Keynote Speakers

Prof. Sari Lindblom-Ylänne


Academic emotions of students and teachers

Academic emotions can be defined as affects that are experienced in academic contexts and during different kinds of academic activities while teaching, learning or studying. So far, research on academic emotions has been scarce. Our own recent studies have explored teachers’ and students’ academic emotions. In our previous study (Postareff & Lindblom-Ylänne, 2011) we showed that teachers adopting a learning-focused (i.e. student-focused) approach to teaching described mostly feelings of satisfaction and enthusiasm when describing their teaching, whereas teachers adopting a more content-focused (i.e. teacher-focused) approach to teaching described neutral or negative feelings about teaching. Some teachers described even dissatisfaction and reluctance towards teaching. Moreover, our previous study (Lindblom-Ylänne, Saariaho-Räsänen, Inkinen & Hailikari, 2013) showed that students’ academic emotions were related to their self-efficacy beliefs, study progress and study processes. In my presentation, I will describe our most recent results concerning academic emotions of both students and teachers and discuss ways how to support both teachers and students to deal with their academic emotions.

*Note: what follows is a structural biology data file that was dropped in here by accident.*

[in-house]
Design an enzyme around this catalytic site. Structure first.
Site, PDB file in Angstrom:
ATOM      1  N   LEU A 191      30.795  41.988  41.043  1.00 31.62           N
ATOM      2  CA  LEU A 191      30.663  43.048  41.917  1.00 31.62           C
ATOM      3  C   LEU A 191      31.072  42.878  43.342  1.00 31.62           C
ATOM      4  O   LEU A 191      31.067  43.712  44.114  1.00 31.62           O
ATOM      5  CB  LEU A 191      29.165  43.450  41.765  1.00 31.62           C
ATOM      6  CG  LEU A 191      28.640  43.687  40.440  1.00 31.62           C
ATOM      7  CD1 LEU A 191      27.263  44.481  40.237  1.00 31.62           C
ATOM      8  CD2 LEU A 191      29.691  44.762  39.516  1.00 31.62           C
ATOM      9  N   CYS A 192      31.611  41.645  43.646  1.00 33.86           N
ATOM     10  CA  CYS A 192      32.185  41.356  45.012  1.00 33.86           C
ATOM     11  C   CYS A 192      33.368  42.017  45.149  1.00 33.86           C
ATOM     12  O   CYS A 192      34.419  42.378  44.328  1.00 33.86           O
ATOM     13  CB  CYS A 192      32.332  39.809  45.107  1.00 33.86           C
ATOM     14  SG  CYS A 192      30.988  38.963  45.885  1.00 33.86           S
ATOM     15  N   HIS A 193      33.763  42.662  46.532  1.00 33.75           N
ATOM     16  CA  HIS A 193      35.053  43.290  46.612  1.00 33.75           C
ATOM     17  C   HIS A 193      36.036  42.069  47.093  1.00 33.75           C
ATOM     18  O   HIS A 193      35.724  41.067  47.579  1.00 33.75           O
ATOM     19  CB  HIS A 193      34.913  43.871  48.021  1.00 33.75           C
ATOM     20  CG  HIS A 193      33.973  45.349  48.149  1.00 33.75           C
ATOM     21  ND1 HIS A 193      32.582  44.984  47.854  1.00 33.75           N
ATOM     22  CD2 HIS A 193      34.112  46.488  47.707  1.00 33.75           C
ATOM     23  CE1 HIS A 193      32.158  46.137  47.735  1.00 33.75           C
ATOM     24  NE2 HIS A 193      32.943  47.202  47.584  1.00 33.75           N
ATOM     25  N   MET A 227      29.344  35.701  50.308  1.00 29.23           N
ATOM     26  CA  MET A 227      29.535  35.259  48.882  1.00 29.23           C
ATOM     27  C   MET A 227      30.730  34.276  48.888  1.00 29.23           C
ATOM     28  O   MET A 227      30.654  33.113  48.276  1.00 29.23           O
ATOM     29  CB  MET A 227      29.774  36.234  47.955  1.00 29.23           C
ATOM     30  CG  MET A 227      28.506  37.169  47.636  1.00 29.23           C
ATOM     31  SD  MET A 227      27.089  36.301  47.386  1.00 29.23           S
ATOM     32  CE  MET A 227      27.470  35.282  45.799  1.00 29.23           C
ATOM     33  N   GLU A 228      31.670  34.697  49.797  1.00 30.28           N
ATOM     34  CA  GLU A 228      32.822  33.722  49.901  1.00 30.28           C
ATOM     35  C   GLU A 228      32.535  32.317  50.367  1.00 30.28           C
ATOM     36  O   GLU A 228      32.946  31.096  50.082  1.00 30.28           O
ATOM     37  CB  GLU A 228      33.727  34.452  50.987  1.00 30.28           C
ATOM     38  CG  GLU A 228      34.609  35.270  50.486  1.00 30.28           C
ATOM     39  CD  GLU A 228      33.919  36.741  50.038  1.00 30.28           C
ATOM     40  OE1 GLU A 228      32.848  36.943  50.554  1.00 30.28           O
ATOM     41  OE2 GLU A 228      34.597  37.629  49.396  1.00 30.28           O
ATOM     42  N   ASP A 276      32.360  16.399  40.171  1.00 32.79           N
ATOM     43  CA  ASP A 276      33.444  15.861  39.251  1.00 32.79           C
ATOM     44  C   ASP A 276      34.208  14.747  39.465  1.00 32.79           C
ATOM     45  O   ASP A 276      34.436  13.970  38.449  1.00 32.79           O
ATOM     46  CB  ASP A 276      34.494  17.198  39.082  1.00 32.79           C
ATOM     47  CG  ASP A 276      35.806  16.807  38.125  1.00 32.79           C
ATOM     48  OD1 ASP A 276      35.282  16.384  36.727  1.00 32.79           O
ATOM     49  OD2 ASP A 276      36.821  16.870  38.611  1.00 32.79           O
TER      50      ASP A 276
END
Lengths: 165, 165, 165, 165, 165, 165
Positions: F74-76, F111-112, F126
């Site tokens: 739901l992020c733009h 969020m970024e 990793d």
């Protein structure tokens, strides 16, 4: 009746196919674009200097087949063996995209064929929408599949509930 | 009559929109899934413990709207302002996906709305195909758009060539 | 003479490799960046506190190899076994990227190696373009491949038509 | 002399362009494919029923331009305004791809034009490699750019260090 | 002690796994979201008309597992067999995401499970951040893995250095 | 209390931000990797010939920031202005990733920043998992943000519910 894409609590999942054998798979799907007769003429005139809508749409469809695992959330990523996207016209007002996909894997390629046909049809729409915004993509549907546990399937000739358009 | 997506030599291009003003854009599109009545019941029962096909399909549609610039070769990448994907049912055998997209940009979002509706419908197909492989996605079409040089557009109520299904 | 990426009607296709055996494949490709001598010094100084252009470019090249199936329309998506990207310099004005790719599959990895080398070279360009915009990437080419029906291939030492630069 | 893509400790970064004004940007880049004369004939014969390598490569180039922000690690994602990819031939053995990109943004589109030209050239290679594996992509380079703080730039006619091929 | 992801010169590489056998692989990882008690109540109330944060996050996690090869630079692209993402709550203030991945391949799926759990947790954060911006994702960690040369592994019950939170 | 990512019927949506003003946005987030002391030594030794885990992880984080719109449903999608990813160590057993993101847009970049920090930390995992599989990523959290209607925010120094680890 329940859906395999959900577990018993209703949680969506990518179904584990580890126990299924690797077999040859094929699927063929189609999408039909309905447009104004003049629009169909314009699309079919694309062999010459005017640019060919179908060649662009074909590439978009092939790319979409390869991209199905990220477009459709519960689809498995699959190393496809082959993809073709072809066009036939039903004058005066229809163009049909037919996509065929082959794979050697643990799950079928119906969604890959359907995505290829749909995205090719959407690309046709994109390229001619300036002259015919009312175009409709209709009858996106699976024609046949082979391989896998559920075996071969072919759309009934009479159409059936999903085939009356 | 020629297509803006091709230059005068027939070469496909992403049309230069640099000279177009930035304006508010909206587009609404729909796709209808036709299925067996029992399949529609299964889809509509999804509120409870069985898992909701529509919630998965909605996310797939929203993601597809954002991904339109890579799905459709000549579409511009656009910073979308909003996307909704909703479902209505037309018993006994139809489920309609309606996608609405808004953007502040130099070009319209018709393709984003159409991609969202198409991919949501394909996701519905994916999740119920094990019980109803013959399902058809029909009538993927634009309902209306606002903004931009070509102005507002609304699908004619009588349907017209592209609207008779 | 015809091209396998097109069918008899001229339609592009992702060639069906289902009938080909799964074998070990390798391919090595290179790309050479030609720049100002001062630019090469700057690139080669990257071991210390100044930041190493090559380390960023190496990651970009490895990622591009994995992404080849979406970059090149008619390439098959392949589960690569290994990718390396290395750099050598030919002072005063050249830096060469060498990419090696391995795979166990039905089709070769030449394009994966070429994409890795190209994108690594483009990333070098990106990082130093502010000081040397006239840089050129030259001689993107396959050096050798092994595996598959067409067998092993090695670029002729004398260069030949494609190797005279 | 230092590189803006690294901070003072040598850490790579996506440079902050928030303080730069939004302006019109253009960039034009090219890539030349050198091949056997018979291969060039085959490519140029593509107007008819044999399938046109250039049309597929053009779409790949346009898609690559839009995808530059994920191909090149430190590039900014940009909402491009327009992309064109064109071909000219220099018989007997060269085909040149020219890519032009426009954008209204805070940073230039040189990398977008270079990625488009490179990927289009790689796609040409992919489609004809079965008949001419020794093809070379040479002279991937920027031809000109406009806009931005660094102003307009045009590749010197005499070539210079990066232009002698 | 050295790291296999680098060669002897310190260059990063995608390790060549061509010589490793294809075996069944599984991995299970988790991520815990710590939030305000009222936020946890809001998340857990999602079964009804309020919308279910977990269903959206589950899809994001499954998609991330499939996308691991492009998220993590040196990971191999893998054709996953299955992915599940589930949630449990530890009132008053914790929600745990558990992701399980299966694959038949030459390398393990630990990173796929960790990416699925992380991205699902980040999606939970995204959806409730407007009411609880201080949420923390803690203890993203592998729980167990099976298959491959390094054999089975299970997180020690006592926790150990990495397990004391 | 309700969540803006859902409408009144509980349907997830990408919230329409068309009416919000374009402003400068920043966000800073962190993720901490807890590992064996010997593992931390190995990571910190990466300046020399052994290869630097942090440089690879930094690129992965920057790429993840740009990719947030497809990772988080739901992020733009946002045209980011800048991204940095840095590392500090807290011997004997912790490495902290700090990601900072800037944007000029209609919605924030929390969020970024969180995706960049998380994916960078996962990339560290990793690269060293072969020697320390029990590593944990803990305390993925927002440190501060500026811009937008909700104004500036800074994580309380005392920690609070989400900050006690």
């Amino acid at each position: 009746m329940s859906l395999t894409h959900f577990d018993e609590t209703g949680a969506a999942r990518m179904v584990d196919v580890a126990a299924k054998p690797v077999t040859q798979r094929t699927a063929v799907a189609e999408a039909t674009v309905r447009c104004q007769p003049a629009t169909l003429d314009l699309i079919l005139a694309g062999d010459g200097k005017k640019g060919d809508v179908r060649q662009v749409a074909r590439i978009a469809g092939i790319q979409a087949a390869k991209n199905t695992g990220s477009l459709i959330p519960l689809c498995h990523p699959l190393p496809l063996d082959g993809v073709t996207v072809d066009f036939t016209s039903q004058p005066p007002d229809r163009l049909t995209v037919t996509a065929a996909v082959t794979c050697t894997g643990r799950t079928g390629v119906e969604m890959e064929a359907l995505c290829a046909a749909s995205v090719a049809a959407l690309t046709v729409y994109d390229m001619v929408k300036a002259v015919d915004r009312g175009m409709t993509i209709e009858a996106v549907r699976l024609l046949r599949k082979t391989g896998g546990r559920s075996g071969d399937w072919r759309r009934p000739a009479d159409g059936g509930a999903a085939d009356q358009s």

Sari Lindblom-Ylänne is Professor of Higher Education and Director of the Helsinki University Centre for Research and Development in Higher Education. She is also the Deputy Head of the Institute of Behavioural Sciences responsible to research and doctoral education. Lindblom-Ylänne is a licensed psychologist. She is the Immediate Past President of EARLI (European Association for Research on Learning and Instruction) and is now President-Elect of WERA (World Education Research Association) and will be President for the years 2014-2016. Sari Lindblom-Ylänne is actively involved in many international research projects. Her research focuses on student learning and teaching at university, for example, on approaches to learning and teaching, self-regulation, self-efficacy beliefs, motivation to studying, assessment practices and quality enhancement in higher education.